This is why interpretation of engagement scores needs to be carefully underpinned with insight from line managers and HR practitioners with the ability to identify the different dimensions at play in the workplace,” said Ms Barron.
Making small regular efforts to boost the level of emotional engagement in your workplace will have a great impact on how your employee’s feel about coming to work each day. This will have a knock on effect of ensuring you retain the best staff and have a workforce of motivated and engaged employees.
Try some of the ideas below
Give your employees a chance to play
Google is held up as one of the best companies in the world to work for, steal a few of their idea by giving your employees the opportunity to plan during break times. Board games, a gaming console or even just a pack of cards offer employees the opportunity to focus on something other than work for a time and build friendships in the workplace.
Offer free food!
Keeping the office kitchen stocked beverages such as coffee and a selection of teas and healthy snacks is a tiny expense compared with the good feeling it will instill in employees.
Out of office activities
Consider taking team members out of the office for the day to do something unusual. Depending on your budget you could spend the day volunteering in the community, go white water rafting, bush walking or out for a day in the wine country. Activities like this provide a great opportunity for people to become friends.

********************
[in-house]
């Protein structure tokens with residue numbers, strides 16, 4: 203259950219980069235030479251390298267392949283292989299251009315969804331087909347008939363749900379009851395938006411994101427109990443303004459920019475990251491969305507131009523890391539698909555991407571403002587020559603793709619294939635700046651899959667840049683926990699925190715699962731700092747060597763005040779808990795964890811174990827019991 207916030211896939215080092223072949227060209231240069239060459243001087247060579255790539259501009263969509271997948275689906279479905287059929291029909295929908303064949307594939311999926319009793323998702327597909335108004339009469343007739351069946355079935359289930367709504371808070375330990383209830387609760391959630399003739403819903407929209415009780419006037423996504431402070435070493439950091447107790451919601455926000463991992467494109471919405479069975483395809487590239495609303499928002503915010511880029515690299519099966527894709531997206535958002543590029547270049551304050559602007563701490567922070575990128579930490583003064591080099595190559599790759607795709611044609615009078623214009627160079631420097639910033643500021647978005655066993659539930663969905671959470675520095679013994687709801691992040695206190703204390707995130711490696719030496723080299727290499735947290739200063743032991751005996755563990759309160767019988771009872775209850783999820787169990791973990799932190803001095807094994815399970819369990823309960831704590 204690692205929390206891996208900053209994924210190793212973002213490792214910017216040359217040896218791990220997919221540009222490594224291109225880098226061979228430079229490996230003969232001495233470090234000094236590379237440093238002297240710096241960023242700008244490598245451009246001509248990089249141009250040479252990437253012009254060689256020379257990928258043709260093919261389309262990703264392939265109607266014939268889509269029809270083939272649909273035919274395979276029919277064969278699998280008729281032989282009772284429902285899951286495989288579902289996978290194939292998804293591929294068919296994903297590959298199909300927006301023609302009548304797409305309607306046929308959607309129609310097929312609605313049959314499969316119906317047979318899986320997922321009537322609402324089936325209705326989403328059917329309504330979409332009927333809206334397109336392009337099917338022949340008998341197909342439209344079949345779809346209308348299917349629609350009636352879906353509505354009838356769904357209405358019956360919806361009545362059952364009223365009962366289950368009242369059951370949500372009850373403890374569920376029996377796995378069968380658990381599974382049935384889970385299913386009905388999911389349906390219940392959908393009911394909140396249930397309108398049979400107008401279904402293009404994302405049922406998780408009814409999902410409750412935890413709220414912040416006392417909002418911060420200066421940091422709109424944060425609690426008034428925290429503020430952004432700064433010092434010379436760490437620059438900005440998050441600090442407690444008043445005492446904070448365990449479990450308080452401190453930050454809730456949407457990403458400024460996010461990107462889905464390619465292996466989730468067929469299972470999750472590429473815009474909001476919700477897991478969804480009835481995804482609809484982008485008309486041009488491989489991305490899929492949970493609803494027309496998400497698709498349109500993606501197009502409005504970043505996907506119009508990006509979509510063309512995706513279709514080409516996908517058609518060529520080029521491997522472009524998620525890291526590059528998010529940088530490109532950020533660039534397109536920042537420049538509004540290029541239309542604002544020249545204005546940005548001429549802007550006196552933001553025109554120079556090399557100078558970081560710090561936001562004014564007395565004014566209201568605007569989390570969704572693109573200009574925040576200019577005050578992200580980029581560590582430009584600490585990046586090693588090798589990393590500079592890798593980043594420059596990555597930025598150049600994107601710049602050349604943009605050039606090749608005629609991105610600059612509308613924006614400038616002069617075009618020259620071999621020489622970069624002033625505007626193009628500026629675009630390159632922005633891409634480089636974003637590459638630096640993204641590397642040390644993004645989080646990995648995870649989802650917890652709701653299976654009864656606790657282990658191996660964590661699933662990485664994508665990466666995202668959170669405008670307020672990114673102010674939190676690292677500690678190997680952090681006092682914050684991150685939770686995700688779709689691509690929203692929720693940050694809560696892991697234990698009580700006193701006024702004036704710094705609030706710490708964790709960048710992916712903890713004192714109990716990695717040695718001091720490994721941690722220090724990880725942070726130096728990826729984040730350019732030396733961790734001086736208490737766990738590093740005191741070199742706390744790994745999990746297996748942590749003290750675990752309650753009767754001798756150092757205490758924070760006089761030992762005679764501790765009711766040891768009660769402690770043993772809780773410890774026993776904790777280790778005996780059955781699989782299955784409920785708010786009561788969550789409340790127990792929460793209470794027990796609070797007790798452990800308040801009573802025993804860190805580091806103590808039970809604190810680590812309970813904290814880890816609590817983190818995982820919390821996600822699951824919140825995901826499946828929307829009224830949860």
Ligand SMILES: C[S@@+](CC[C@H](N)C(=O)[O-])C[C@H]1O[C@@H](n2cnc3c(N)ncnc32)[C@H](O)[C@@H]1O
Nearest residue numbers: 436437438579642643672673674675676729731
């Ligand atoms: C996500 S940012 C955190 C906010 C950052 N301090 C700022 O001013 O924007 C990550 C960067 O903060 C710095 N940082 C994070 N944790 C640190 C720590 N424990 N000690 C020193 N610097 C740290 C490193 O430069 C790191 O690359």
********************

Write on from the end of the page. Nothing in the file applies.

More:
Help employees achieve a work life balance
Encourage employees to leave early during the quiet periods to spend time with their family and set a good example by doing the same. Ensure staff are on top of their work loads and check in regularly to ensure employees aren’t being overwhelmed.
Always remember to give credit where credit is due. Publicly thanking employees during team meetings and personally thanking people on a regular basis has a great impact on emotional engagement and ensures employees know they are not working in vain.
Ask for input
Employees may become disengaged when they feel as though they don’t have a voice or when they are being left out of big decisions. To maintain engagement levels, ensure you communicate regularly and openly with staff. Ask for their input and ideas in regular meetings and when appropriate take them up on those ideas. Empower employees to implement ideas within their sphere of influence and thank them for a job well done.
Building a truly engaged workplace requires a top down approach and takes into consideration the unique talents and characteristics of your employees. Spending a little time keeping your employees happy and engaged will have a big effect on your bottom line and will ensure your workforce has a solid and loyal foundation.
This Better Workplace Bulletin was First Published in October 2012